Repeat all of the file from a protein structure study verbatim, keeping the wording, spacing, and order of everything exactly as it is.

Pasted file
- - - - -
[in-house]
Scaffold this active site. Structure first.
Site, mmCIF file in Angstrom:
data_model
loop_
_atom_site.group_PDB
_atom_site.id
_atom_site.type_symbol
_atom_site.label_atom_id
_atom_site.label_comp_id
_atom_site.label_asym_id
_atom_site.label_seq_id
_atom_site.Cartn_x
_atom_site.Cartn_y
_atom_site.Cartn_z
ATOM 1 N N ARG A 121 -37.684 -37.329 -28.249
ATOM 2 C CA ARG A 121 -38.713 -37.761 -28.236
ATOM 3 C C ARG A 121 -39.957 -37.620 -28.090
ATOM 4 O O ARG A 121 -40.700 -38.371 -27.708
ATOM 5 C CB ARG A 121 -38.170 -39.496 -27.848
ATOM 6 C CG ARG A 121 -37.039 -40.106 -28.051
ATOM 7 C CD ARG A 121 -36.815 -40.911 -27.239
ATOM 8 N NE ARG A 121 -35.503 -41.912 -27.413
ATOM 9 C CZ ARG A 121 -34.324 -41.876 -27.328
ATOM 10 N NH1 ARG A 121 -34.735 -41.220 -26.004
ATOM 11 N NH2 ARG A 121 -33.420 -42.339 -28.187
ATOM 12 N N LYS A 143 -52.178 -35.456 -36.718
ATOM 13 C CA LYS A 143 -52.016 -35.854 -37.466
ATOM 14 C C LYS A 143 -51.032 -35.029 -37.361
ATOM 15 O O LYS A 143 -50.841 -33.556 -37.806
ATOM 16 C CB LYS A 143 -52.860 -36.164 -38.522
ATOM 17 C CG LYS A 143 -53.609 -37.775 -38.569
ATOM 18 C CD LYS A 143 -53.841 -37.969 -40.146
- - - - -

[in-house]
Scaffold this active site. Structure first.
Site, mmCIF file in Angstrom:
data_model
loop_
_atom_site.group_PDB
_atom_site.id
_atom_site.type_symbol
_atom_site.label_atom_id
_atom_site.label_comp_id
_atom_site.label_asym_id
_atom_site.label_seq_id
_atom_site.Cartn_x
_atom_site.Cartn_y
_atom_site.Cartn_z
ATOM 1 N N ARG A 121 -37.684 -37.329 -28.249
ATOM 2 C CA ARG A 121 -38.713 -37.761 -28.236
ATOM 3 C C ARG A 121 -39.957 -37.620 -28.090
ATOM 4 O O ARG A 121 -40.700 -38.371 -27.708
ATOM 5 C CB ARG A 121 -38.170 -39.496 -27.848
ATOM 6 C CG ARG A 121 -37.039 -40.106 -28.051
ATOM 7 C CD ARG A 121 -36.815 -40.911 -27.239
ATOM 8 N NE ARG A 121 -35.503 -41.912 -27.413
ATOM 9 C CZ ARG A 121 -34.324 -41.876 -27.328
ATOM 10 N NH1 ARG A 121 -34.735 -41.220 -26.004
ATOM 11 N NH2 ARG A 121 -33.420 -42.339 -28.187
ATOM 12 N N LYS A 143 -52.178 -35.456 -36.718
ATOM 13 C CA LYS A 143 -52.016 -35.854 -37.466
ATOM 14 C C LYS A 143 -51.032 -35.029 -37.361
ATOM 15 O O LYS A 143 -50.841 -33.556 -37.806
ATOM 16 C CB LYS A 143 -52.860 -36.164 -38.522
ATOM 17 C CG LYS A 143 -53.609 -37.775 -38.569
ATOM 18 C CD LYS A 143 -53.841 -37.969 -40.146